WASHINGTON (CN) - The first public hearings in the House impeachment inquiry into President Donald Trump will take place next week, House Intelligence Committee Chair Adam Schiff announced Wednesday.
Schiff tweeted this morning that the first to testify publicly before the House will be William Taylor, the top U.S. diplomat in Ukraine, and George Kent, the deputy assistant secretary of state for European and Eurasian affairs.
After Taylor and Kent testify on Nov. 13, lawmakers will hear from former U.S. Ambassador to Ukraine Marie Yovanovitch on Nov. 15.
All three have already appeared behind closed doors before the three committees conducting the impeachment inquiry, and they have offered some of the most explosive and damaging testimony to President Donald Trump's defense against impeachment that has come to light to date.
The committees released a transcript of Yovanovitch's testimony on Monday, showing the former ambassador was concerned about the work Rudy Giuliani and other Trump allies were doing to push Ukraine to open investigations into a conspiracy theory about the 2016 U.S. presidential election as well as into former Vice President Joe Biden and work his son Hunter did for the Ukrainian energy company Burisma.
Yovanovitch, who was recalled from her post in May, testified Giuliani and his associates were involved in efforts to push her from her job. She said one Ukrainian official told her she "really needed to watch [her] back." Taking a prominent role in trying to push her out were Lev Parnas and Igor Fruman, two businessmen with ties to Giuliani who were indicted in New York last month on campaign-finance charges.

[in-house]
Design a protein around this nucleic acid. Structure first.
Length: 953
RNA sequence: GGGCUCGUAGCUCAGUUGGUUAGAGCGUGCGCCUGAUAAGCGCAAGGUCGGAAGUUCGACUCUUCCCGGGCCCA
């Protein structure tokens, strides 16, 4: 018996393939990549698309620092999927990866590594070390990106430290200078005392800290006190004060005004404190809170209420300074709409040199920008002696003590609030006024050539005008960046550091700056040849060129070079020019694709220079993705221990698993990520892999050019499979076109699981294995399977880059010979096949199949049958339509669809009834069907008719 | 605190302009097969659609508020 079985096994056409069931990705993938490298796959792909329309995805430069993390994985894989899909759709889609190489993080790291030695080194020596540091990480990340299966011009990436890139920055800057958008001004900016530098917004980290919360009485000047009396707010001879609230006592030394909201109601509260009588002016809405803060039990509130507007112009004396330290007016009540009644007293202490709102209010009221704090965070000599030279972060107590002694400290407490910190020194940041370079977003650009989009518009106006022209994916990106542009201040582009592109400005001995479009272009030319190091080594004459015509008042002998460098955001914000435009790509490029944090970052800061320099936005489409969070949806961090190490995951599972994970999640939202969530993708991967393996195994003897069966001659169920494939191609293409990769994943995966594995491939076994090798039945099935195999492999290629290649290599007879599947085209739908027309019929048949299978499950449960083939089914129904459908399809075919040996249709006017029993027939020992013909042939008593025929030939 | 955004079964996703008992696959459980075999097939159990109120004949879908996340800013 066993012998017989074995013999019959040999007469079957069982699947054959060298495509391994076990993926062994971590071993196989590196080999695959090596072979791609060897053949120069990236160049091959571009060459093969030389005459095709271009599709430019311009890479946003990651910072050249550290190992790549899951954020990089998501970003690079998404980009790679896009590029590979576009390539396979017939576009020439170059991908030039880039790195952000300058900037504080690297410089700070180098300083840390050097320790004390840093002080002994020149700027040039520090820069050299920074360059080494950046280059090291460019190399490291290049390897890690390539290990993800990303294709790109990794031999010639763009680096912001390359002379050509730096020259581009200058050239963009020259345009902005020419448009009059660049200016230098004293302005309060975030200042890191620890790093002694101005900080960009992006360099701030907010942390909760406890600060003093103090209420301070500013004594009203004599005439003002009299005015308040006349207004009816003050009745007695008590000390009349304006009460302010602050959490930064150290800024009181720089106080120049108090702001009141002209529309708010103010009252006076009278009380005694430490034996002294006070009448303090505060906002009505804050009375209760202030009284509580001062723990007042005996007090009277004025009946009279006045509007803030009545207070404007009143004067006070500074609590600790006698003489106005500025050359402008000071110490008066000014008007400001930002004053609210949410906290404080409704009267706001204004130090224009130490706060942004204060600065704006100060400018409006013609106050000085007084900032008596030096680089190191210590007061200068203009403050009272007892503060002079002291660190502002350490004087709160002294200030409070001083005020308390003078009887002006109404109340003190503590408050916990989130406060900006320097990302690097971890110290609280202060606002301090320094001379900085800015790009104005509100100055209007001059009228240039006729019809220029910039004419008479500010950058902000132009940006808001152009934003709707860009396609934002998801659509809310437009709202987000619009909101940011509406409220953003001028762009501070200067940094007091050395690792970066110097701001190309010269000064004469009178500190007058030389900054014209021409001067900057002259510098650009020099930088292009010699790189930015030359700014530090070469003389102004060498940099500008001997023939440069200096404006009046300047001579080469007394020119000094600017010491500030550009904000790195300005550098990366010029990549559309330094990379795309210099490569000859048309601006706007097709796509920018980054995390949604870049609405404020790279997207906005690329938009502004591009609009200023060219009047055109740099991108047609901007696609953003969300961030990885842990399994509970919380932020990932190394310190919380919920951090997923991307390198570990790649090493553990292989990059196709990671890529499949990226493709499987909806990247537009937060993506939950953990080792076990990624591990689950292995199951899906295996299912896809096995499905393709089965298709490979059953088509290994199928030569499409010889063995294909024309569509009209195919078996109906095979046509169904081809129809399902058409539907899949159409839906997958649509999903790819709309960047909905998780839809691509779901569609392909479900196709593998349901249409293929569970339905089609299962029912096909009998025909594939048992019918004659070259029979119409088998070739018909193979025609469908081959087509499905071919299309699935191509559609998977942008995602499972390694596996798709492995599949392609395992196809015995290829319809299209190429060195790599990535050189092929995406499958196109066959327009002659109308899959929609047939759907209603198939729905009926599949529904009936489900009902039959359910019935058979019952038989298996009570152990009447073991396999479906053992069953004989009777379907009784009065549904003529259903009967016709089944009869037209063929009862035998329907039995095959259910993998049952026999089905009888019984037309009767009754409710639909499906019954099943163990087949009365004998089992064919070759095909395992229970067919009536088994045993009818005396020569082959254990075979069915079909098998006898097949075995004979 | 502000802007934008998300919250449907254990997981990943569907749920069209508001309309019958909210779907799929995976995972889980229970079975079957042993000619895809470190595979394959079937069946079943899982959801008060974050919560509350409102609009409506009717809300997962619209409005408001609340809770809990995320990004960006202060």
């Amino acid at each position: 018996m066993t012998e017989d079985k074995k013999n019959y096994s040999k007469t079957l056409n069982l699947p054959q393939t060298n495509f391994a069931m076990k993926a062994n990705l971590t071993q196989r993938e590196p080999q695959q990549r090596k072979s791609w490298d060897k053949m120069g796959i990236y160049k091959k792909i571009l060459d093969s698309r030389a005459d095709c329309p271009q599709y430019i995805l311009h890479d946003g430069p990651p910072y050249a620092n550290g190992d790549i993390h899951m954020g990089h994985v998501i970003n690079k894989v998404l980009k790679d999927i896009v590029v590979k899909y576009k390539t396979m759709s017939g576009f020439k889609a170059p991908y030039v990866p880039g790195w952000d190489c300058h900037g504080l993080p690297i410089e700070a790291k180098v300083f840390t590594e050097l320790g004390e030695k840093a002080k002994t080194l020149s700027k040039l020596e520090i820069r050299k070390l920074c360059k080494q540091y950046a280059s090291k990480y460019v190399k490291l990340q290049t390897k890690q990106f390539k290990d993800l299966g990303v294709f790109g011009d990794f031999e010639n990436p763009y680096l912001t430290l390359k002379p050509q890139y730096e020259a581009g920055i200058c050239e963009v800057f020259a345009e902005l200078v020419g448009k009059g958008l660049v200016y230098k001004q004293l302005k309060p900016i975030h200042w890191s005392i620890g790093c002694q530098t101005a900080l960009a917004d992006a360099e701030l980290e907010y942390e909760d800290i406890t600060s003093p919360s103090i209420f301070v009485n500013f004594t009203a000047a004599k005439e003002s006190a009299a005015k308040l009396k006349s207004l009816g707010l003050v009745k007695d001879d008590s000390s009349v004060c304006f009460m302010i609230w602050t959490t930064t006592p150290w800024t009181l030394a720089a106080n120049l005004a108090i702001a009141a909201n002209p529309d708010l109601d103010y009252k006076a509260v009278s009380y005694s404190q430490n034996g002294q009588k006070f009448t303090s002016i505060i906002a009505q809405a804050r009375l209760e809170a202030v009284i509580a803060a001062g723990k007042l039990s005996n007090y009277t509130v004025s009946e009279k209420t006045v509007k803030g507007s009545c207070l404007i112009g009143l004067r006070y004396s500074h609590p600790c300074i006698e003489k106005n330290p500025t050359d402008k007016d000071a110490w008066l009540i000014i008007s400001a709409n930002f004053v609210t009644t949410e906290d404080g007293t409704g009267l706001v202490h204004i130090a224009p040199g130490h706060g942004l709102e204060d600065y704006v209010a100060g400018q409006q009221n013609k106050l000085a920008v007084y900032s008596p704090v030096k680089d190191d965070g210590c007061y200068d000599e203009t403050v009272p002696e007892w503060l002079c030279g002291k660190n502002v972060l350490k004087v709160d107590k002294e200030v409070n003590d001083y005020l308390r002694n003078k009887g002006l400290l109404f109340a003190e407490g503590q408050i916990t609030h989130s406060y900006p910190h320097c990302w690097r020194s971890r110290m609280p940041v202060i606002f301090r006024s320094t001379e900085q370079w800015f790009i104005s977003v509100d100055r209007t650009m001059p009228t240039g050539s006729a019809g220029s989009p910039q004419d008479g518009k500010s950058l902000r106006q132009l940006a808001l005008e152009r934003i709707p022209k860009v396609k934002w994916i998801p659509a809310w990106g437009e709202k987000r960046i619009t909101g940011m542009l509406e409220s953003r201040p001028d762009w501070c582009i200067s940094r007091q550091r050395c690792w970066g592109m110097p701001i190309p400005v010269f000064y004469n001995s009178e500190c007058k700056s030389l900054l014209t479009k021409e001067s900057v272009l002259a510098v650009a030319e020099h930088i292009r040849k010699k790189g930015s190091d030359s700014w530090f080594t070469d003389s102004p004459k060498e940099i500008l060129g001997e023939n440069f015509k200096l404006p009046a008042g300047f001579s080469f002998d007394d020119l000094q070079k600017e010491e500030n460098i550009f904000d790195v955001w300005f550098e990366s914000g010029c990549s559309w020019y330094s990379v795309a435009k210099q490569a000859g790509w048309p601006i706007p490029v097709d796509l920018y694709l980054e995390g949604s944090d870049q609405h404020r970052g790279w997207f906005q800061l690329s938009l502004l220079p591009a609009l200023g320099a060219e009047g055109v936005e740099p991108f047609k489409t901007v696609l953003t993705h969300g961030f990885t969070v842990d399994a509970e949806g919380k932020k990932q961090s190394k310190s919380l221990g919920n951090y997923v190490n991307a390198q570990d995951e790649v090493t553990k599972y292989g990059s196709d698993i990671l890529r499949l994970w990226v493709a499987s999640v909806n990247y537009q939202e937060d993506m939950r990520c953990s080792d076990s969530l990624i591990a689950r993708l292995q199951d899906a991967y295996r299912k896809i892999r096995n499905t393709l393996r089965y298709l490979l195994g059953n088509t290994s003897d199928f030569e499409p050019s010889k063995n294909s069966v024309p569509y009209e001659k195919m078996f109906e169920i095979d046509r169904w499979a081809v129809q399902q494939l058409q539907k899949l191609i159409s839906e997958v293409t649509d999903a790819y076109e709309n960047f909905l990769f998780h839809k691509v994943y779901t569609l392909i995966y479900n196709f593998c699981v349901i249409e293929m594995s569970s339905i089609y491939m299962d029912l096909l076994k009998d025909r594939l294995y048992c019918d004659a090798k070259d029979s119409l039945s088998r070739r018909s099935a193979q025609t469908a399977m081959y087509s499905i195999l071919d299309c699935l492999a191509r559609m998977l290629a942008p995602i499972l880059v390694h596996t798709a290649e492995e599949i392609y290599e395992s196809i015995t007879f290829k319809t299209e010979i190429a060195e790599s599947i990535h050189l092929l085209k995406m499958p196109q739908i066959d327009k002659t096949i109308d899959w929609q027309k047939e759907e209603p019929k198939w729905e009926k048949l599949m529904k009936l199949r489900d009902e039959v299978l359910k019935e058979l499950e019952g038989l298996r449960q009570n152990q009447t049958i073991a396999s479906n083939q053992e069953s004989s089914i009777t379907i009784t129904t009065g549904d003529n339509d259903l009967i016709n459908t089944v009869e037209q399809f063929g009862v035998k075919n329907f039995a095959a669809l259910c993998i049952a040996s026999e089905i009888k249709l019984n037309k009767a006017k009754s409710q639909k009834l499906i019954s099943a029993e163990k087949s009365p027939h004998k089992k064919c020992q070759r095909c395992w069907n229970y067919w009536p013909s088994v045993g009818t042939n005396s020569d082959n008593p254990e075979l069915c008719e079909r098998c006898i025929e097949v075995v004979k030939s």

Trump criticized Yovanovitch on the July 25 phone call with Zelensky that is integral to the impeachment probe, calling her "bad news." Yovanovitch testified she was "shocked" when she learned Trump had referred to her that way in the call.
In some of the most explosive testimony to date, Taylor last month testified he was told a $400 million military aid package and a White House meeting for Ukrainian President Volodymyr Zelensky hinged on Ukraine’s government publicly announcing investigations into the Bidens and the 2016 election.
In text messages released earlier in the inquiry, Taylor told U.S. Ambassador to the European Union Gordon Sondland he thought it was "crazy" to withhold the funding in exchange for an investigation that would boost Trump's chances in the 2020 presidential election.
Though he initially said he was unaware of the reason for the aid being withheld, Sondland later revised his testimony to House investigators, telling them there was in fact a link between the military aid and Ukraine's announcement of the investigations.
Trump has publicly attacked Taylor on Twitter, calling him a "never Trumper diplomat" the day after Taylor gave closed-door testimony.
Kent went before the committee on Oct. 15, telling lawmakers he was told to "lay low" and let Sondland, Energy Secretary Rick Perry and special envoy Kurt Volker handle diplomatic policy in Ukraine. He also expressed concerns to lawmakers about the work Giuliani was doing in Ukraine.
This story is developing...
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